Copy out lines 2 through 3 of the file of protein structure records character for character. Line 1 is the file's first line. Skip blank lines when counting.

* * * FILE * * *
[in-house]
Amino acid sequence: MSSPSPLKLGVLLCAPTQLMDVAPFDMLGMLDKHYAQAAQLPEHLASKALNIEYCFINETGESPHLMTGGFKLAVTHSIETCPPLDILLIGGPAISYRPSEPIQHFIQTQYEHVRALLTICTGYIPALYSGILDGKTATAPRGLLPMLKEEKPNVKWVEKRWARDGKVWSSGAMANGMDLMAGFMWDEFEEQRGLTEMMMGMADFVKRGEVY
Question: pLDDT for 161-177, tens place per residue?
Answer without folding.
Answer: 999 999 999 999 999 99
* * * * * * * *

Amino acid sequence: MSSPSPLKLGVLLCAPTQLMDVAPFDMLGMLDKHYAQAAQLPEHLASKALNIEYCFINETGESPHLMTGGFKLAVTHSIETCPPLDILLIGGPAISYRPSEPIQHFIQTQYEHVRALLTICTGYIPALYSGILDGKTATAPRGLLPMLKEEKPNVKWVEKRWARDGKVWSSGAMANGMDLMAGFMWDEFEEQRGLTEMMMGMADFVKRGEVY
Question: pLDDT for 161-177, tens place per residue?